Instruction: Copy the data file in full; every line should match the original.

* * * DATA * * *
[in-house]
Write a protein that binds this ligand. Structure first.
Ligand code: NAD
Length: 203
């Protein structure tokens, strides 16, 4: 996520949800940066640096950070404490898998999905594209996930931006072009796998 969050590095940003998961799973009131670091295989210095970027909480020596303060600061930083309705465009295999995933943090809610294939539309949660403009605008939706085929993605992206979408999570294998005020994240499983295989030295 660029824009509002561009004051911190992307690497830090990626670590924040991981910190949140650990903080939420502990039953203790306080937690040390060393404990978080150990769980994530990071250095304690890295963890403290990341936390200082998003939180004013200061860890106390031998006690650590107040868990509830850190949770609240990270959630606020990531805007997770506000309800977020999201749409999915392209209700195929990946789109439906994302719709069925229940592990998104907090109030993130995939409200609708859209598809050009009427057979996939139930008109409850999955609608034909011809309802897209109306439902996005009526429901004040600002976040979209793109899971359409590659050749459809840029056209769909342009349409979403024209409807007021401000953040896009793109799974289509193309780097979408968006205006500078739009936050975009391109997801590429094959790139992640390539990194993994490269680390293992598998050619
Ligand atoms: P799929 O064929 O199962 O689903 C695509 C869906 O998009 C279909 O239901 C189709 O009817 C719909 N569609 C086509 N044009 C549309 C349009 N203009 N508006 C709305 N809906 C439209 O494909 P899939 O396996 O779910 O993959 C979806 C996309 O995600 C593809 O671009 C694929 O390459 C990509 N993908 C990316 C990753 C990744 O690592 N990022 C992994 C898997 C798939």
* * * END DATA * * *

[in-house]
Write a protein that binds this ligand. Structure first.
Ligand code: NAD
Length: 203
């Protein structure tokens, strides 16, 4: 996520949800940066640096950070404490898998999905594209996930931006072009796998 969050590095940003998961799973009131670091295989210095970027909480020596303060600061930083309705465009295999995933943090809610294939539309949660403009605008939706085929993605992206979408999570294998005020994240499983295989030295 660029824009509002561009004051911190992307690497830090990626670590924040991981910190949140650990903080939420502990039953203790306080937690040390060393404990978080150990769980994530990071250095304690890295963890403290990341936390200082998003939180004013200061860890106390031998006690650590107040868990509830850190949770609240990270959630606020990531805007997770506000309800977020999201749409999915392209209700195929990946789109439906994302719709069925229940592990998104907090109030993130995939409200609708859209598809050009009427057979996939139930008109409850999955609608034909011809309802897209109306439902996005009526429901004040600002976040979209793109899971359409590659050749459809840029056209769909342009349409979403024209409807007021401000953040896009793109799974289509193309780097979408968006205006500078739009936050975009391109997801590429094959790139992640390539990194993994490269680390293992598998050619
Ligand atoms: P799929 O064929 O199962 O689903 C695509 C869906 O998009 C279909 O239901 C189709 O009817 C719909 N569609 C086509 N044009 C549309 C349009 N203009 N508006 C709305 N809906 C439209 O494909 P899939 O396996 O779910 O993959 C979806 C996309 O995600 C593809 O671009 C694929 O390459 C990509 N993908 C990316 C990753 C990744 O690592 N990022 C992994 C898997 C798939």